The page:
This is the shortest of this series of articles, because the subject is the simplest.
Revelation is not a book of predictions. Rather, it is about the past, present, and future. How can we know that? Because Revelation itself tells us so, clearly and obviously.
In the introduction to Revelation, John of Patmos (the author of Revelation) tells us about receiving instructions to write the book of Revelation. In Rev. 1:19, the Son of Man instructs John, “Write the things which thou hast seen, and the things which are, and the things which shall be hereafter.” Obviously, “the things which shall be hereafter” are the future, so we know that Revelation includes things about the future. “The things which are” are obviously the present, the time when John was living, having his visions, and writing Revelation; that is why there are things about the Roman Empire in Revelation--because the Roman Empire was a very large presence in John’s present time. Finally, “the things which thou hast seen” are obviously things that happened in the past. Thus Revelation is about past, present, and future, from John’s point of view in time near the end of the first century CE.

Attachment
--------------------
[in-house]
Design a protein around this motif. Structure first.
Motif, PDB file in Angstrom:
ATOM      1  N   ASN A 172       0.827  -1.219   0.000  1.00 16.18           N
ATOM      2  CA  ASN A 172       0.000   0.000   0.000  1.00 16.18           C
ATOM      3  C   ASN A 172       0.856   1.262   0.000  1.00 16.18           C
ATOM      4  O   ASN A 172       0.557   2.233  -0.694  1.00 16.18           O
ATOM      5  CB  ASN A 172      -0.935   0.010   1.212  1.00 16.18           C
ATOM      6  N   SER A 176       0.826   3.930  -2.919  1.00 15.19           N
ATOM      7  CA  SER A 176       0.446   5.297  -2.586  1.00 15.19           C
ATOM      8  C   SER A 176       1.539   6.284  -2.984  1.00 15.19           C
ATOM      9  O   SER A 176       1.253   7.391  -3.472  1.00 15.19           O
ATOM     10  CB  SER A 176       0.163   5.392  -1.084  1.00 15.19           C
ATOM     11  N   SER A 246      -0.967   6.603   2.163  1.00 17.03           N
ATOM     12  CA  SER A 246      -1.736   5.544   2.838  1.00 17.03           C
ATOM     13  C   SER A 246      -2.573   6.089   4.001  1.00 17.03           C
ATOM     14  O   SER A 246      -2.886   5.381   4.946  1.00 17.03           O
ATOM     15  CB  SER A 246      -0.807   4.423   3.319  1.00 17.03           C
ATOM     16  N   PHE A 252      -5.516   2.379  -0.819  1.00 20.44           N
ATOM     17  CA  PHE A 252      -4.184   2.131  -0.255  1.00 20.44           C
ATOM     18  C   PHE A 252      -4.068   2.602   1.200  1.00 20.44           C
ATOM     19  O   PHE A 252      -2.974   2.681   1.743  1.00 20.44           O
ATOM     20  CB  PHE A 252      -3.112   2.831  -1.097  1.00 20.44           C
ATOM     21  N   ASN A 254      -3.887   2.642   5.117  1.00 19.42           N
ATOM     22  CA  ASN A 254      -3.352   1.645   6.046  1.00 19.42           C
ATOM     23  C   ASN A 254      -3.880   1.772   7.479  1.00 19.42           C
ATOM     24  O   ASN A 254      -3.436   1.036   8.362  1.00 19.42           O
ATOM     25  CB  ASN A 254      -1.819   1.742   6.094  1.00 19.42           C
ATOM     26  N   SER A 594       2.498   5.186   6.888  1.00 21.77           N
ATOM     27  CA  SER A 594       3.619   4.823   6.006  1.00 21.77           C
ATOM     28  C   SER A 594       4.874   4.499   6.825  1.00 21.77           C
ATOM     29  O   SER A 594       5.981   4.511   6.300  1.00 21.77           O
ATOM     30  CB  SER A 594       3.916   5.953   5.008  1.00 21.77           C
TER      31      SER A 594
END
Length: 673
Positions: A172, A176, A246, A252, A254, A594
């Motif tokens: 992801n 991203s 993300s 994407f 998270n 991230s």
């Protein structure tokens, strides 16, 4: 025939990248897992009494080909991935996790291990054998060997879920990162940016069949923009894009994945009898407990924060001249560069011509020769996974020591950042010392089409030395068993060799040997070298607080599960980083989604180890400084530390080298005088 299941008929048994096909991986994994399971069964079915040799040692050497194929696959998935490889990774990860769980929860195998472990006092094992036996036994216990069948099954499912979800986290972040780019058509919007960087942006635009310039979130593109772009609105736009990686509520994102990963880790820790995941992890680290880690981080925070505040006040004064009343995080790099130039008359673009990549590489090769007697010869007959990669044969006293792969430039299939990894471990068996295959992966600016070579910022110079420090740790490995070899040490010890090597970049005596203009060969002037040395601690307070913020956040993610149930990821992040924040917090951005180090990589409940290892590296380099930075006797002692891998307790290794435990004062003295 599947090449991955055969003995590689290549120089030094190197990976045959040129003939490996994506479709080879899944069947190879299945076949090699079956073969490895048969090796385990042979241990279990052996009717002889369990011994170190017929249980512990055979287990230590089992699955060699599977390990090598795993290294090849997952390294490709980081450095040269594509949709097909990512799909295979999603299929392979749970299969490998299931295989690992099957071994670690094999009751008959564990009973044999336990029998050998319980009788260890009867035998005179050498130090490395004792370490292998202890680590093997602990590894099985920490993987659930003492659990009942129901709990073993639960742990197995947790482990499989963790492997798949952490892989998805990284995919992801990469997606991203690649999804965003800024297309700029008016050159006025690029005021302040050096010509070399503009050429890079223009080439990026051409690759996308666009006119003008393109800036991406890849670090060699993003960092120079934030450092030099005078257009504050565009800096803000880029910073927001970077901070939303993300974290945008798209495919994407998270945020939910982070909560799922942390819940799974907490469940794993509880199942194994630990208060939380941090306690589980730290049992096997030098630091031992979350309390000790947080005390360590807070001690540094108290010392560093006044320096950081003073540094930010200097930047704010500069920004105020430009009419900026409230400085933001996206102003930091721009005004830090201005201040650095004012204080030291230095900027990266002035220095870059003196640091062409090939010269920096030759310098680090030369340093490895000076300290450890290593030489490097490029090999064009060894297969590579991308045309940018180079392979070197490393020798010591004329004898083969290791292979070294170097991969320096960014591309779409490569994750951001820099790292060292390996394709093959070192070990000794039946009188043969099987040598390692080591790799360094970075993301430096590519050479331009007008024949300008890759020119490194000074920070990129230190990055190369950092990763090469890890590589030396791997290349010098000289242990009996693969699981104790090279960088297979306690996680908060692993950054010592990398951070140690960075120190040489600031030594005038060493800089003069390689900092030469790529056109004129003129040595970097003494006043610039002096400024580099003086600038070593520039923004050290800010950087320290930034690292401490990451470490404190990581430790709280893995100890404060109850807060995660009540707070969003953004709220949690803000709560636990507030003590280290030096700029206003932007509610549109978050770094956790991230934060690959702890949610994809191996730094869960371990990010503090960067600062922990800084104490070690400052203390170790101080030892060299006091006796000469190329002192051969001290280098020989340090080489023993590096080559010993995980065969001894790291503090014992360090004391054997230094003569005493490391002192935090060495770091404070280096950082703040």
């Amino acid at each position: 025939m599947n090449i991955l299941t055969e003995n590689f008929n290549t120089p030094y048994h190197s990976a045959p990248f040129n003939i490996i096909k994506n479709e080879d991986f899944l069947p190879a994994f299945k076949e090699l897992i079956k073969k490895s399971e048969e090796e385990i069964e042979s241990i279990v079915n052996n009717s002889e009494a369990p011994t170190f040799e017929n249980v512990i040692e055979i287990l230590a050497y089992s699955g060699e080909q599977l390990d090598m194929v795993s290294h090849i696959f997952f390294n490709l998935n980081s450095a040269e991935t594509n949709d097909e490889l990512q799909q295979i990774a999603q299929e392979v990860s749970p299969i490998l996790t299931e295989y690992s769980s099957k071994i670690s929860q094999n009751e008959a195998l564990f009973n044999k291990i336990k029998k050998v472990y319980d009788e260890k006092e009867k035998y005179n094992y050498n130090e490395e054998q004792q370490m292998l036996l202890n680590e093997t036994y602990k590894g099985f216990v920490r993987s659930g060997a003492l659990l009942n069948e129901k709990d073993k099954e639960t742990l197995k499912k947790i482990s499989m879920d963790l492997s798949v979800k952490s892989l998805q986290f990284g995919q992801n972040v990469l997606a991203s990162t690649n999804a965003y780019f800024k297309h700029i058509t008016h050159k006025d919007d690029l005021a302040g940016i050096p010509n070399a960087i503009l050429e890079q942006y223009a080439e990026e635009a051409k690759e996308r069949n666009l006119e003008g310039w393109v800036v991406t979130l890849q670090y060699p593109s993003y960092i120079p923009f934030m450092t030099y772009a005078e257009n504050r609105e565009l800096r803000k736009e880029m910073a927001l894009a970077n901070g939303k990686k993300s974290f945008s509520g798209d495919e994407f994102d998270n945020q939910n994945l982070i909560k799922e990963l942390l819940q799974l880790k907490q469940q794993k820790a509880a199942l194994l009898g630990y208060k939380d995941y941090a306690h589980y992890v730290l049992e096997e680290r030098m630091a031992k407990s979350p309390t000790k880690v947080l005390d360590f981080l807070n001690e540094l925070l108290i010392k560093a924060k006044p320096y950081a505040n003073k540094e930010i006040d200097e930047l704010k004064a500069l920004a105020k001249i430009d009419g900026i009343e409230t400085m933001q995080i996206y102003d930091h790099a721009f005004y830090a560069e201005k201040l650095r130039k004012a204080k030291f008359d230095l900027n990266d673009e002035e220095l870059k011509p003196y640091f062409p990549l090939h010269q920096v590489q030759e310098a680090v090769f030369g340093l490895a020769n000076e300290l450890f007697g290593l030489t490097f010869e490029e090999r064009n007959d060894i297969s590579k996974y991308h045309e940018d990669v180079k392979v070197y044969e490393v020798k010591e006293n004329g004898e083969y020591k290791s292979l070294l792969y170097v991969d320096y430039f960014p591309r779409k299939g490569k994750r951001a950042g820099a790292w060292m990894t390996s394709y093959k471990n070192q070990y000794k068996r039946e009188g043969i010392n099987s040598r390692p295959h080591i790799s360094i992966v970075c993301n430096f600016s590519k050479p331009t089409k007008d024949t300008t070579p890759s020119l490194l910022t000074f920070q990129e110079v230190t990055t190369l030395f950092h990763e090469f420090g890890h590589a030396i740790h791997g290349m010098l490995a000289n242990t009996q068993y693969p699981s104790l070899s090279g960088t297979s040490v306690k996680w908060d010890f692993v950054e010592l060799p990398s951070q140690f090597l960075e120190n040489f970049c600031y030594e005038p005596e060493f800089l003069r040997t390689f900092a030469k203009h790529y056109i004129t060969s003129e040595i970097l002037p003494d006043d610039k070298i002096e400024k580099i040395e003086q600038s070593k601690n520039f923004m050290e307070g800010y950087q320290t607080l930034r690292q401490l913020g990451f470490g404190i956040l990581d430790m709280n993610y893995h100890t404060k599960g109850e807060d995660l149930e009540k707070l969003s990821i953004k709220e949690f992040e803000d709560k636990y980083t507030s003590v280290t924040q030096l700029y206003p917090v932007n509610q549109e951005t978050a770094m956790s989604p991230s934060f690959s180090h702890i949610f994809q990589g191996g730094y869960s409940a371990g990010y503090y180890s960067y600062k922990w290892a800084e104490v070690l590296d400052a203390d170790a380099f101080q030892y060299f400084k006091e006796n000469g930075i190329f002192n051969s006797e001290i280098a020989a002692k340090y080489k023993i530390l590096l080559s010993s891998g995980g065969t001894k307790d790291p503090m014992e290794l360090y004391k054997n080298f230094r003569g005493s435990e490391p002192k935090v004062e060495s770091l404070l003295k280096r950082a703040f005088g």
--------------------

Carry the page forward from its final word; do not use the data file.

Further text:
Now you might rightly think that “the things which thou hast seen” is an odd way to say “the past.” That’s because that odd phrase actually has a double meaning. The second meaning is too complex to explain here in a short article. Even in my book From Fear To Love: Transforming Revelation I can’t explain the second meaning until the last chapter when almost everything in Revelation has been explained.
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